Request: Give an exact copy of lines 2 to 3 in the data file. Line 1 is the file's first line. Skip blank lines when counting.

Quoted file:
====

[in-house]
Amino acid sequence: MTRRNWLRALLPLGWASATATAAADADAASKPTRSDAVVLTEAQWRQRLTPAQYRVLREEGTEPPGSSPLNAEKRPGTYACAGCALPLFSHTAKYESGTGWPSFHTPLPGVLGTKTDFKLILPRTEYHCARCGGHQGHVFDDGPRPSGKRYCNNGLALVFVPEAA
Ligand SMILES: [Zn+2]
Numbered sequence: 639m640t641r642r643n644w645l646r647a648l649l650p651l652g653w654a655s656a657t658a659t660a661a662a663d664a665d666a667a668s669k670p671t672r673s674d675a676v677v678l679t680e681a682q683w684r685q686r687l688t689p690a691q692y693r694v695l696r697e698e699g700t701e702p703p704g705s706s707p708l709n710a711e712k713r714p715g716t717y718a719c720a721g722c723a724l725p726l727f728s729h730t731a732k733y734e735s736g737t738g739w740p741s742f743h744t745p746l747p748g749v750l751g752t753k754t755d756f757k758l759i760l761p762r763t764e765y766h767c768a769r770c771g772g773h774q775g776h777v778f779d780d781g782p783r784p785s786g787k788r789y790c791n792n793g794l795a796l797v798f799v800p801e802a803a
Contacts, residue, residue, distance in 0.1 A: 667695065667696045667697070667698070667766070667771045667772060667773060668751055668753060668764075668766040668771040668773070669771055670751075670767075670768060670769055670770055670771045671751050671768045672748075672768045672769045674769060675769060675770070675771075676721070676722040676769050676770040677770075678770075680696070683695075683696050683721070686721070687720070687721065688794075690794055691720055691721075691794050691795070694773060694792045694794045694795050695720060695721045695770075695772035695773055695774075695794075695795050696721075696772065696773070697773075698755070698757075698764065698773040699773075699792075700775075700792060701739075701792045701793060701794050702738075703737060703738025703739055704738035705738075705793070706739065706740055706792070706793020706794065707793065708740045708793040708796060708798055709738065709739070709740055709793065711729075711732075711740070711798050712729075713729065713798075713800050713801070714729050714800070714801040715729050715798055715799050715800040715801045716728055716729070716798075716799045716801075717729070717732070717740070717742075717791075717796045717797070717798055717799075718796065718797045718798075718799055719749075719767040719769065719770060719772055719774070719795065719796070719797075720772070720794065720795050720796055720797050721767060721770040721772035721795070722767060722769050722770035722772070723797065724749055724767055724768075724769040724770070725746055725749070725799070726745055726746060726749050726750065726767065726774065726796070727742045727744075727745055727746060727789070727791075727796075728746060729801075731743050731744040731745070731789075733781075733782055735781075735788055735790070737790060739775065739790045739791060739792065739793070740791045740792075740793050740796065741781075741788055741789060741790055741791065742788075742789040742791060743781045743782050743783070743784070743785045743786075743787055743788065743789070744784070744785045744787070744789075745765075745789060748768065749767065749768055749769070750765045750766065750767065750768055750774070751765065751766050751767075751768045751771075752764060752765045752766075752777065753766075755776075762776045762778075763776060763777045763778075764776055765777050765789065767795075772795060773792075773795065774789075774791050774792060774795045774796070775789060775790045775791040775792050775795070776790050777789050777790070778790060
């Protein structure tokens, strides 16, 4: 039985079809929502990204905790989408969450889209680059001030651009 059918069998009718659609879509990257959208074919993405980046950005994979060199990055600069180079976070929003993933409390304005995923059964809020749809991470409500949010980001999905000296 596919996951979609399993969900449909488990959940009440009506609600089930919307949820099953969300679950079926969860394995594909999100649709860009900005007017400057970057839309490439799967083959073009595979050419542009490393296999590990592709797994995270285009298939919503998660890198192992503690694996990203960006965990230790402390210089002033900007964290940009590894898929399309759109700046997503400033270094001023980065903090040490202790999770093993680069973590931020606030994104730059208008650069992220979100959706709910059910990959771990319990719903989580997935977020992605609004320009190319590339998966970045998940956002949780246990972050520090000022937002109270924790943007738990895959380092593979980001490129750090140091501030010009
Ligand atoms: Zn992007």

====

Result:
Amino acid sequence: MTRRNWLRALLPLGWASATATAAADADAASKPTRSDAVVLTEAQWRQRLTPAQYRVLREEGTEPPGSSPLNAEKRPGTYACAGCALPLFSHTAKYESGTGWPSFHTPLPGVLGTKTDFKLILPRTEYHCARCGGHQGHVFDDGPRPSGKRYCNNGLALVFVPEAA
Ligand SMILES: [Zn+2]